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Nobody smells a rotten Apple?

OPINION

  • Hong Kong Apple store
Hong Kong Apple store (Getty Images )
September 20, 2012|By Ryan Smith, @ryansmithwriter | For RedEye

Guess I was totally wrong.

When I heard the iPhone 5 had racked up millions of preorders in the first 24 hours and lines were forming outside of some Apple stores a week before Friday's launch, I half expected to read that it was magic. But I scoured the features list and unfortunately, no, the iPhone 5 won't grant you the power of flight, decode your pets' languages (they all really just constantly say "feed me" anyway) or persuade that cute bartender to give you his/her phone number.

Instead, the iPhone 5 basically is a bigger, faster version of last year's model, which in turn was nearly identical to the 4 sans the creepy female robot voice you could talk to if you're a lonely celebrity wondering where to get takeout.

What I'm truly wondering is this: Why hasn't there been an honest-to-goodness backlash against Apple yet?

Over the past year or so, we've seen the Silicon Valley giant make some puzzling missteps and endure more than a few public relations snafus. Here's a short laundry list:

>>A highly publicized series in the New York Times earlier this year revealed that factory workers building Apple products in China often toiled in poor conditions, including excessive overtime and exposure to dangerous chemicals. The Times also reported recently that some Chinese vocational students are being forced by teachers to work on iPhone 5 assembly lines.

>>Steve Jobs' canonization into CEO sainthood took a mild hit when it was revealed in Walter Isaacson's biography that the Apple founder could be, to put it lightly, a world-class a-hole.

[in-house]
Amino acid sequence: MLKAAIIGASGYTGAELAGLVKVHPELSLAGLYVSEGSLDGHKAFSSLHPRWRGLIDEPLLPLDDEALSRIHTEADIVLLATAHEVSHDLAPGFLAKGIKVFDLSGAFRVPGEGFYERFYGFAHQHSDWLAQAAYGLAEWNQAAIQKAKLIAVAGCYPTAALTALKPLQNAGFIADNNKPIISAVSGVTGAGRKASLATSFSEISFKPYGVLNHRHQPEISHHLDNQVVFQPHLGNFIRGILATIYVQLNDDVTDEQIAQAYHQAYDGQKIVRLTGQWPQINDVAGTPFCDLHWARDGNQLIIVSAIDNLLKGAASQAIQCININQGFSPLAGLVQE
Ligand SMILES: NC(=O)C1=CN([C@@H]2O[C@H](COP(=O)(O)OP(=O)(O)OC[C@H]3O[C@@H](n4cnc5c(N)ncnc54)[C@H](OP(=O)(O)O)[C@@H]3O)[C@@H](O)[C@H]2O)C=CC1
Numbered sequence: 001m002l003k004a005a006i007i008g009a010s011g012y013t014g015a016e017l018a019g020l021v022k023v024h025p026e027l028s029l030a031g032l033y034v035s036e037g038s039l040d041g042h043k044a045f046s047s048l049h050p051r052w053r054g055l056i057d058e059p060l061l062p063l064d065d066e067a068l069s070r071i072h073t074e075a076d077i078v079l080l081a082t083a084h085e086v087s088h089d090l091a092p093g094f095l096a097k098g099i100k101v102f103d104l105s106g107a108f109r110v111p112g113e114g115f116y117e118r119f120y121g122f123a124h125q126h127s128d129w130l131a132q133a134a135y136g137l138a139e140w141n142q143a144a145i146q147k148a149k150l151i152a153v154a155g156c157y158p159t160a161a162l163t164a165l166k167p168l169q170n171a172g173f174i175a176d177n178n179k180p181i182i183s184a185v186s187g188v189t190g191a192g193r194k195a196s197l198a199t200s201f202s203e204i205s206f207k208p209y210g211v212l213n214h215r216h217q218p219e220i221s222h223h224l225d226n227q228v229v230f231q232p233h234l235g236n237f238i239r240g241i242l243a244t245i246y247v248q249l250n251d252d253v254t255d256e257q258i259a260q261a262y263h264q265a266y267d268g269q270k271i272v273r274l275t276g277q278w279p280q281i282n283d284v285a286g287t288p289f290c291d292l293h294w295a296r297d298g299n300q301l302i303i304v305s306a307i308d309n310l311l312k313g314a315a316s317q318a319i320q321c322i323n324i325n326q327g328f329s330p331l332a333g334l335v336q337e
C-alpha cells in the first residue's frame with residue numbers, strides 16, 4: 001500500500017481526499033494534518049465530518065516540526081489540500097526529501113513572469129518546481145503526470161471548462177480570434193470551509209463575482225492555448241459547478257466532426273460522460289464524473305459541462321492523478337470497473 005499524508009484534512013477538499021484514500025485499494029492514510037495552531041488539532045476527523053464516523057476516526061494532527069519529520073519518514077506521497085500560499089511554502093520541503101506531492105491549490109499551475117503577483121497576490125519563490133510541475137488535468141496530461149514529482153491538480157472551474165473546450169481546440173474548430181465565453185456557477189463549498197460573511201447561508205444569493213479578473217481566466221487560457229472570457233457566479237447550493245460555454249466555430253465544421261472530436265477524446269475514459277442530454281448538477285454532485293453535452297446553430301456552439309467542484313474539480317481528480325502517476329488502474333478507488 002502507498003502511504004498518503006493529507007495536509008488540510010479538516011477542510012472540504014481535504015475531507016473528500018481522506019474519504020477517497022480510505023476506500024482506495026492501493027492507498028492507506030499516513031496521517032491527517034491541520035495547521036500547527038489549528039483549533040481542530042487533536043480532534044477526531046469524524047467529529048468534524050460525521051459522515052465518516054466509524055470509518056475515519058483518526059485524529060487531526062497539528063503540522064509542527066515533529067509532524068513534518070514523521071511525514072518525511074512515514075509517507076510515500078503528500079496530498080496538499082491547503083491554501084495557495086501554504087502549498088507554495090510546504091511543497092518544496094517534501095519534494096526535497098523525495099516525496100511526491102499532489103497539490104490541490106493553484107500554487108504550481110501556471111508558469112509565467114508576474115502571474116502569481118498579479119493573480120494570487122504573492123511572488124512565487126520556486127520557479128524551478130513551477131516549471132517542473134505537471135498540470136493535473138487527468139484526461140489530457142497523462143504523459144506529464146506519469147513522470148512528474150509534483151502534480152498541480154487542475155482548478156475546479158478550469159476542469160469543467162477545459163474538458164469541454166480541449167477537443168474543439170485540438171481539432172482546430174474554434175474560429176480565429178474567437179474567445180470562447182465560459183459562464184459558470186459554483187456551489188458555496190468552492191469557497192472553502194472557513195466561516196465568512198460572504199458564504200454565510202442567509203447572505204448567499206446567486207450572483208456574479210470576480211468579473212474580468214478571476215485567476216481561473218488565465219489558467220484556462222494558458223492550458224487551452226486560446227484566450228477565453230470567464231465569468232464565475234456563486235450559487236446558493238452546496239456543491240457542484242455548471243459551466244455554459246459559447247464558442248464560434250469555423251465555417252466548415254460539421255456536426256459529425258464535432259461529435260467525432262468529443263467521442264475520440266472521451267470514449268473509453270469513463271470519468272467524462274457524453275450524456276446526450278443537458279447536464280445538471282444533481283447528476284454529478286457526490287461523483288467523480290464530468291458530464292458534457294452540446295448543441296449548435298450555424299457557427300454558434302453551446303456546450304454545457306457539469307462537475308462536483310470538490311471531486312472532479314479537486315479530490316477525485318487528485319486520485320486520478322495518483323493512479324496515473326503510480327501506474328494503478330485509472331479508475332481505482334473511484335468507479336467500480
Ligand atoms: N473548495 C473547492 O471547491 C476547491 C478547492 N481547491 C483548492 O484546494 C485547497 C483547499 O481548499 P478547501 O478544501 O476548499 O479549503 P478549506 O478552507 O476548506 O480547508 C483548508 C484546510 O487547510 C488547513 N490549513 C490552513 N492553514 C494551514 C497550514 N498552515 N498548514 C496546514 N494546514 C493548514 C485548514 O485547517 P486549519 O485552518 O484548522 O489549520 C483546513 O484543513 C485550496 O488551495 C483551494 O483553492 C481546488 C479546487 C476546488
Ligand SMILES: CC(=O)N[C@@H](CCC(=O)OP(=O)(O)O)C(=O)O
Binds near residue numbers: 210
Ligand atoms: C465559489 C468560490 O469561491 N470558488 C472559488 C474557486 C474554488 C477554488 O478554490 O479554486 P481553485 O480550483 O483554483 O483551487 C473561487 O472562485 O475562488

>>In the face of losing market share to Samsung's brand of smartphones, Apple proceeded to sue the pants off of its competitor for patents and win a $1 billion settlement. Raise your hand if you love monopolies!

>>A series of bizarre Siri commercials like the one in which hipster-in-chief Zooey Deschanel asks her iPhone if the rain pouring outside her window is indeed rain. (Spoiler alert: The answer is yes.) Meanwhile, a series of ads run during the London Olympics portraying Genius Bar employees as omnipotent beings sent to save us from our own bumbling tech-unsavvy selves were yanked after only a week because they were extremely lame.

>>The iPhone 5 switches for the first time to an entirely new dock connector, rendering all previous accessories like your silly mini-fridge iDock useless without a $30 adaptor.

With all of this in mind, plus the untimely death of Jobs (who I imagined kept his psychic hold on America with secret powers that combined the Wizard of Oz with the Eye of Sauron), I assumed Apple's gleaming spit shine image might finally wear off. I guessed that perhaps the "smart, affluent and educated people" who tend to make up the company's rabid fan base might check out the Samsung Galaxy SIII or the HTC Windows Phone 8 and realize that some other companies have caught up to, if not surpassed, the iPhone in the smartphone wars.

Instead, approximately 95 percent of people on my Twitter and Facebook liveblogged CEO Tim Cook's presentation of the iPhone 5 last week and Apple's stock rocketed to values that likely made Mark Zuckerberg's eyes bleed.

Siri, what's a better phrase for "The Cult of Apple is alive and well"?

Ryan Smith is a RedEye special contributor.

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